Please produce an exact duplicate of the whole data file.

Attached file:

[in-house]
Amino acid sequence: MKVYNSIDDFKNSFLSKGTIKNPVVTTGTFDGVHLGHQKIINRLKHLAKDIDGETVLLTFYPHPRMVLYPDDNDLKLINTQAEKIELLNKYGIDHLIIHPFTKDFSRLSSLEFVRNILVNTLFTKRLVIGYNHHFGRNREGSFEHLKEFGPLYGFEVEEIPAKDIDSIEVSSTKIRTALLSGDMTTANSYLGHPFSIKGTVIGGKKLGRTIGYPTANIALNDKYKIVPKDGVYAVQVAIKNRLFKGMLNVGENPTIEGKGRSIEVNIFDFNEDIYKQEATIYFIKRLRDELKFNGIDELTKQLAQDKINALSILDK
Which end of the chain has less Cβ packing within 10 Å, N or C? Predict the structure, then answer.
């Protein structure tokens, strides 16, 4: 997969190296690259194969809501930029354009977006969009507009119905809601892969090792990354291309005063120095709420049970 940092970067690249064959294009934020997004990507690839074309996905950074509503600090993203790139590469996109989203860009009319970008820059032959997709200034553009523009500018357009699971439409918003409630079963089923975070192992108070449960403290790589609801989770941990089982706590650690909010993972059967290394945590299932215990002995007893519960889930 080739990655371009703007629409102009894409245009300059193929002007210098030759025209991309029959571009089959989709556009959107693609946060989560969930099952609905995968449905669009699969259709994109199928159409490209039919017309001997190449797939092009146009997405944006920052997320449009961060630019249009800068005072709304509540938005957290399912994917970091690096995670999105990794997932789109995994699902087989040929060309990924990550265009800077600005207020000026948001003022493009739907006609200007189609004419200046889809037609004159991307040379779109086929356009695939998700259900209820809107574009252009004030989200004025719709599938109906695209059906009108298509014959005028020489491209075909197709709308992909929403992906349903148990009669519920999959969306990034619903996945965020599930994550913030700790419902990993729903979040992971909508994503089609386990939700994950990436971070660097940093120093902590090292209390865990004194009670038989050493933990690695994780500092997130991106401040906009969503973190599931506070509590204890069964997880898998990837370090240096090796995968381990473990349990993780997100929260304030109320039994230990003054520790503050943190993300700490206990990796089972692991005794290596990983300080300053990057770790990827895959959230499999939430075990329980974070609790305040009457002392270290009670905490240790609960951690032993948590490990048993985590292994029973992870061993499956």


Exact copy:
[in-house]
Amino acid sequence: MKVYNSIDDFKNSFLSKGTIKNPVVTTGTFDGVHLGHQKIINRLKHLAKDIDGETVLLTFYPHPRMVLYPDDNDLKLINTQAEKIELLNKYGIDHLIIHPFTKDFSRLSSLEFVRNILVNTLFTKRLVIGYNHHFGRNREGSFEHLKEFGPLYGFEVEEIPAKDIDSIEVSSTKIRTALLSGDMTTANSYLGHPFSIKGTVIGGKKLGRTIGYPTANIALNDKYKIVPKDGVYAVQVAIKNRLFKGMLNVGENPTIEGKGRSIEVNIFDFNEDIYKQEATIYFIKRLRDELKFNGIDELTKQLAQDKINALSILDK
Which end of the chain has less Cβ packing within 10 Å, N or C? Predict the structure, then answer.
């Protein structure tokens, strides 16, 4: 997969190296690259194969809501930029354009977006969009507009119905809601892969090792990354291309005063120095709420049970 940092970067690249064959294009934020997004990507690839074309996905950074509503600090993203790139590469996109989203860009009319970008820059032959997709200034553009523009500018357009699971439409918003409630079963089923975070192992108070449960403290790589609801989770941990089982706590650690909010993972059967290394945590299932215990002995007893519960889930 080739990655371009703007629409102009894409245009300059193929002007210098030759025209991309029959571009089959989709556009959107693609946060989560969930099952609905995968449905669009699969259709994109199928159409490209039919017309001997190449797939092009146009997405944006920052997320449009961060630019249009800068005072709304509540938005957290399912994917970091690096995670999105990794997932789109995994699902087989040929060309990924990550265009800077600005207020000026948001003022493009739907006609200007189609004419200046889809037609004159991307040379779109086929356009695939998700259900209820809107574009252009004030989200004025719709599938109906695209059906009108298509014959005028020489491209075909197709709308992909929403992906349903148990009669519920999959969306990034619903996945965020599930994550913030700790419902990993729903979040992971909508994503089609386990939700994950990436971070660097940093120093902590090292209390865990004194009670038989050493933990690695994780500092997130991106401040906009969503973190599931506070509590204890069964997880898998990837370090240096090796995968381990473990349990993780997100929260304030109320039994230990003054520790503050943190993300700490206990990796089972692991005794290596990983300080300053990057770790990827895959959230499999939430075990329980974070609790305040009457002392270290009670905490240790609960951690032993948590490990048993985590292994029973992870061993499956």